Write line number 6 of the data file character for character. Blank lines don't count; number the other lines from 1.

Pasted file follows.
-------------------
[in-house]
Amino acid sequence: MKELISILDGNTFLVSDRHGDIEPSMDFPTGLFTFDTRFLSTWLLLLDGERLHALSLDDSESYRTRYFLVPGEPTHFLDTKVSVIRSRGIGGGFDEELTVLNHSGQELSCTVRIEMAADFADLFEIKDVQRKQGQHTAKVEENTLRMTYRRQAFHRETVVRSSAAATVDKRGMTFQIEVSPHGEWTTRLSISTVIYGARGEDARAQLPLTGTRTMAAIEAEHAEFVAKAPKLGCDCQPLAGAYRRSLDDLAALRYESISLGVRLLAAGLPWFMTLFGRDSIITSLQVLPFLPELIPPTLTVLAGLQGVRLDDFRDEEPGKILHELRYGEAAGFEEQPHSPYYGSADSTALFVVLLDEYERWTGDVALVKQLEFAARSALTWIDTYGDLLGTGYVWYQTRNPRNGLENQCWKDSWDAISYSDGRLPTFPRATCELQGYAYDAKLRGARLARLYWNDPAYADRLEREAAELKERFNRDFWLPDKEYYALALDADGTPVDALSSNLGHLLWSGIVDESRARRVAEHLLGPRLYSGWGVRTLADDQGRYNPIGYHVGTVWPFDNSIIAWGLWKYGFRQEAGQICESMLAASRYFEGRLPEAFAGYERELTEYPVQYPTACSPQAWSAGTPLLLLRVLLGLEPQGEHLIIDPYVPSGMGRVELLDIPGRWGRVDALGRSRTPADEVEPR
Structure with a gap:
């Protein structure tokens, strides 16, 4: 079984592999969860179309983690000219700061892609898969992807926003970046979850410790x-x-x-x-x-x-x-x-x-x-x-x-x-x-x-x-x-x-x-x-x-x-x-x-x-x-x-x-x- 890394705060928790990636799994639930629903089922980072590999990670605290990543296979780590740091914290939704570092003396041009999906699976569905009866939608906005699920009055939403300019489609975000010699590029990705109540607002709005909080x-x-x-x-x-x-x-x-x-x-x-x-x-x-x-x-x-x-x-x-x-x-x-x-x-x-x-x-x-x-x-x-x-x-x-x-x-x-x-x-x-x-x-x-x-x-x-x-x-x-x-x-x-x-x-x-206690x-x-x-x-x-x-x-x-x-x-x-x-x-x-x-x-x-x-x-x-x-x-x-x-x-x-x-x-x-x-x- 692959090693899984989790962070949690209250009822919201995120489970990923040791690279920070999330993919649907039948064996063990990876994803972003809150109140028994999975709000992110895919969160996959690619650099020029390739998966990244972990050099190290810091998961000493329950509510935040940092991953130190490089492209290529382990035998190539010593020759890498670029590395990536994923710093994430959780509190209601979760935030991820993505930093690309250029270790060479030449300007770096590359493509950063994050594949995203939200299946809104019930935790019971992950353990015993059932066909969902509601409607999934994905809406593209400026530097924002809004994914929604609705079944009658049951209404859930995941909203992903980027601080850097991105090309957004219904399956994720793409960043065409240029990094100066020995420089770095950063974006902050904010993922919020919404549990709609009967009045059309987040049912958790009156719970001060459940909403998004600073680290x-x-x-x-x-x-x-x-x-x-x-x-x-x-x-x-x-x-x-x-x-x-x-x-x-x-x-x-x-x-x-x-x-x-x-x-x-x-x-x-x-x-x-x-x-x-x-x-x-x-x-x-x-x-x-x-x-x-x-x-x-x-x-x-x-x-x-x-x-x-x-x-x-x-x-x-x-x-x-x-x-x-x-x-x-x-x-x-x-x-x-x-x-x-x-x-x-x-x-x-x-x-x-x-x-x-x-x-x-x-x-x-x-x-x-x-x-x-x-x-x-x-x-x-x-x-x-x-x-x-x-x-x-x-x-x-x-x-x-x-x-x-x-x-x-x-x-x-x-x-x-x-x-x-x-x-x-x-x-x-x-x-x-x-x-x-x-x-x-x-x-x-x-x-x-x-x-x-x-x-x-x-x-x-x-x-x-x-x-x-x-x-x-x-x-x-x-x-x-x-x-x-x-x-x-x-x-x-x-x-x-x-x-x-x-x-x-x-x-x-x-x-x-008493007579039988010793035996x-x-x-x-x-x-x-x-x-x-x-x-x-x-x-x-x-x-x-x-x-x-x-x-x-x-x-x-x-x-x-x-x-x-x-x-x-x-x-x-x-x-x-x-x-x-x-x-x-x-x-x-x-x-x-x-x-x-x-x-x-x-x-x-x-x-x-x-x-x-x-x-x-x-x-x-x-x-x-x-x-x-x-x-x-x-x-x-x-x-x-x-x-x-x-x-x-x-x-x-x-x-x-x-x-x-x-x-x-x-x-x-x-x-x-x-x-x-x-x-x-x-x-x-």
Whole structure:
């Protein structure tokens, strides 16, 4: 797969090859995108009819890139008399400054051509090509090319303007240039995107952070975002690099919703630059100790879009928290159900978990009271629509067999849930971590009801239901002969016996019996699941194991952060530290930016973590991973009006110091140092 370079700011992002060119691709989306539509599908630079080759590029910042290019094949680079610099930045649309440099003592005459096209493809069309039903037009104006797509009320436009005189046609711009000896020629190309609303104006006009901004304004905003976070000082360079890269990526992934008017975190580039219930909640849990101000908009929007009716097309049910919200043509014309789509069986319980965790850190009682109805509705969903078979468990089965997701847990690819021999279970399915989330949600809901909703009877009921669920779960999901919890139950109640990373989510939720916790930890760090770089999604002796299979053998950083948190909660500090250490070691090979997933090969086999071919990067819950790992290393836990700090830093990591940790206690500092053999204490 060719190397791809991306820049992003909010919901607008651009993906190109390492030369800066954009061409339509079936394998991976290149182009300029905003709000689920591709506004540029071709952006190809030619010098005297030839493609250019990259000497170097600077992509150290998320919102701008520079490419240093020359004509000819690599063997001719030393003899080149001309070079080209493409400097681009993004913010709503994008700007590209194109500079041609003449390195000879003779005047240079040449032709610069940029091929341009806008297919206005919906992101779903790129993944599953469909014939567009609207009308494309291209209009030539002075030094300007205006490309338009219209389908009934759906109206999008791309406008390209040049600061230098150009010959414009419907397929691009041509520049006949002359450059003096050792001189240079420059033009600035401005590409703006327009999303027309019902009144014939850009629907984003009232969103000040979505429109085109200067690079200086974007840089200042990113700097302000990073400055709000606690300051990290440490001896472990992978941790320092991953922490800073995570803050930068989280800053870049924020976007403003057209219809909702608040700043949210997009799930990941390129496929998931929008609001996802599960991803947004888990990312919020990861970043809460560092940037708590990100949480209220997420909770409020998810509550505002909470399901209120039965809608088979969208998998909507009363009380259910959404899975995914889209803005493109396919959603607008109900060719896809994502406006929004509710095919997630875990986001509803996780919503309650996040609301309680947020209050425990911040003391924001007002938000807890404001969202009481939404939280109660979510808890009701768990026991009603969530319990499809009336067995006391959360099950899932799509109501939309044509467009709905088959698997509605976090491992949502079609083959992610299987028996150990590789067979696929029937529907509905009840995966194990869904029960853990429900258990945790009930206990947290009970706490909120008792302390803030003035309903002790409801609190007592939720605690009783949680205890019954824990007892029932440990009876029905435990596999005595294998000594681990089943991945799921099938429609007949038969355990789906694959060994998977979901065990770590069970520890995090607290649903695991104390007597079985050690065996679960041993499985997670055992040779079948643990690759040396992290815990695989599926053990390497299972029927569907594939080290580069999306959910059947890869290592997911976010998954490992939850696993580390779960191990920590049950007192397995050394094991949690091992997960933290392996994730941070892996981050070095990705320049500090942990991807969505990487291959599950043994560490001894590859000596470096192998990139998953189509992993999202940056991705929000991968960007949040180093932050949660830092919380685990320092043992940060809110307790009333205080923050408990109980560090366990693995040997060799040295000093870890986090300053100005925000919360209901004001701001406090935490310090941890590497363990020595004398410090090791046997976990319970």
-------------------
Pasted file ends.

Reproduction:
């Protein structure tokens, strides 16, 4: 797969090859995108009819890139008399400054051509090509090319303007240039995107952070975002690099919703630059100790879009928290159900978990009271629509067999849930971590009801239901002969016996019996699941194991952060530290930016973590991973009006110091140092 370079700011992002060119691709989306539509599908630079080759590029910042290019094949680079610099930045649309440099003592005459096209493809069309039903037009104006797509009320436009005189046609711009000896020629190309609303104006006009901004304004905003976070000082360079890269990526992934008017975190580039219930909640849990101000908009929007009716097309049910919200043509014309789509069986319980965790850190009682109805509705969903078979468990089965997701847990690819021999279970399915989330949600809901909703009877009921669920779960999901919890139950109640990373989510939720916790930890760090770089999604002796299979053998950083948190909660500090250490070691090979997933090969086999071919990067819950790992290393836990700090830093990591940790206690500092053999204490 060719190397791809991306820049992003909010919901607008651009993906190109390492030369800066954009061409339509079936394998991976290149182009300029905003709000689920591709506004540029071709952006190809030619010098005297030839493609250019990259000497170097600077992509150290998320919102701008520079490419240093020359004509000819690599063997001719030393003899080149001309070079080209493409400097681009993004913010709503994008700007590209194109500079041609003449390195000879003779005047240079040449032709610069940029091929341009806008297919206005919906992101779903790129993944599953469909014939567009609207009308494309291209209009030539002075030094300007205006490309338009219209389908009934759906109206999008791309406008390209040049600061230098150009010959414009419907397929691009041509520049006949002359450059003096050792001189240079420059033009600035401005590409703006327009999303027309019902009144014939850009629907984003009232969103000040979505429109085109200067690079200086974007840089200042990113700097302000990073400055709000606690300051990290440490001896472990992978941790320092991953922490800073995570803050930068989280800053870049924020976007403003057209219809909702608040700043949210997009799930990941390129496929998931929008609001996802599960991803947004888990990312919020990861970043809460560092940037708590990100949480209220997420909770409020998810509550505002909470399901209120039965809608088979969208998998909507009363009380259910959404899975995914889209803005493109396919959603607008109900060719896809994502406006929004509710095919997630875990986001509803996780919503309650996040609301309680947020209050425990911040003391924001007002938000807890404001969202009481939404939280109660979510808890009701768990026991009603969530319990499809009336067995006391959360099950899932799509109501939309044509467009709905088959698997509605976090491992949502079609083959992610299987028996150990590789067979696929029937529907509905009840995966194990869904029960853990429900258990945790009930206990947290009970706490909120008792302390803030003035309903002790409801609190007592939720605690009783949680205890019954824990007892029932440990009876029905435990596999005595294998000594681990089943991945799921099938429609007949038969355990789906694959060994998977979901065990770590069970520890995090607290649903695991104390007597079985050690065996679960041993499985997670055992040779079948643990690759040396992290815990695989599926053990390497299972029927569907594939080290580069999306959910059947890869290592997911976010998954490992939850696993580390779960191990920590049950007192397995050394094991949690091992997960933290392996994730941070892996981050070095990705320049500090942990991807969505990487291959599950043994560490001894590859000596470096192998990139998953189509992993999202940056991705929000991968960007949040180093932050949660830092919380685990320092043992940060809110307790009333205080923050408990109980560090366990693995040997060799040295000093870890986090300053100005925000919360209901004001701001406090935490310090941890590497363990020595004398410090090791046997976990319970």